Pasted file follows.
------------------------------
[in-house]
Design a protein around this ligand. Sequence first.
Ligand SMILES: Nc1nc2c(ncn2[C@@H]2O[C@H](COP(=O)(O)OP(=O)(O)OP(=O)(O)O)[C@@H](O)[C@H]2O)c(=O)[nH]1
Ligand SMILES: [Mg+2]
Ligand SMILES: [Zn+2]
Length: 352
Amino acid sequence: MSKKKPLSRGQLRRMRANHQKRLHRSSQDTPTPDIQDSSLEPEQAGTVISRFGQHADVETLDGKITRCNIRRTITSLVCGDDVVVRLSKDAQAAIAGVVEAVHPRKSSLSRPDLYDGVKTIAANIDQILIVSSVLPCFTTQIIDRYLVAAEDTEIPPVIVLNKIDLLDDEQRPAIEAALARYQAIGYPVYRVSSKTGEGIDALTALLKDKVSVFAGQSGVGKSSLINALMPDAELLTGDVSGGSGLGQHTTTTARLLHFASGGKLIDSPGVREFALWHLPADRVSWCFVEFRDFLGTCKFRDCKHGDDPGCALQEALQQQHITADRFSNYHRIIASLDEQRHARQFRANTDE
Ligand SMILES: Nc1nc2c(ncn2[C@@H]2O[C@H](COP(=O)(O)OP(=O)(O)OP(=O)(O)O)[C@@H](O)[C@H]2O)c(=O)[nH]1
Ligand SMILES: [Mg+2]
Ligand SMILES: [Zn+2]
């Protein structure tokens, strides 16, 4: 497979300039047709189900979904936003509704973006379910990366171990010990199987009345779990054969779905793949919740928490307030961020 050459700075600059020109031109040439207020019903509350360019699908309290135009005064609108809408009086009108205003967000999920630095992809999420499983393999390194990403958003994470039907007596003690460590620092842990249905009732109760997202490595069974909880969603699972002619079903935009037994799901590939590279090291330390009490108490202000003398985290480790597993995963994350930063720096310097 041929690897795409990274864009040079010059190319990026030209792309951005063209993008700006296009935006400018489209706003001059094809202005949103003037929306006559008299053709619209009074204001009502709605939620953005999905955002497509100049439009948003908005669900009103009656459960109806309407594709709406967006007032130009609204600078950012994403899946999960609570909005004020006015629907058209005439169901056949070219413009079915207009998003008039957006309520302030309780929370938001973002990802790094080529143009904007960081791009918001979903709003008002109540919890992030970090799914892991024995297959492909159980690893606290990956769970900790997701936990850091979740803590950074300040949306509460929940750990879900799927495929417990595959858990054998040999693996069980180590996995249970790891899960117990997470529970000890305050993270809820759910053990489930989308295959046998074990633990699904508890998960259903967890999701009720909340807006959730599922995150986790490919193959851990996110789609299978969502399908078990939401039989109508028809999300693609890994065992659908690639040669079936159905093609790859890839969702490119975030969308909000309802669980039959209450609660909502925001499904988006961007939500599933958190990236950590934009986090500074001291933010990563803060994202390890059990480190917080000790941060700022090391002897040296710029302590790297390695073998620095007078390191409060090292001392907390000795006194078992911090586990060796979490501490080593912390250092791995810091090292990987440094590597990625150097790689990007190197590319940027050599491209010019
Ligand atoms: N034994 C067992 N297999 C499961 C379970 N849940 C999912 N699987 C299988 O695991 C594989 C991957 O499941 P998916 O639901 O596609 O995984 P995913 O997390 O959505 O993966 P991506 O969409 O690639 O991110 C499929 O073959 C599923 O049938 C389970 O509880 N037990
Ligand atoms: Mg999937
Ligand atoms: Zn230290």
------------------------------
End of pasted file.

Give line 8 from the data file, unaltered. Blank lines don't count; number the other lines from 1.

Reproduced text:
Ligand SMILES: Nc1nc2c(ncn2[C@@H]2O[C@H](COP(=O)(O)OP(=O)(O)OP(=O)(O)O)[C@@H](O)[C@H]2O)c(=O)[nH]1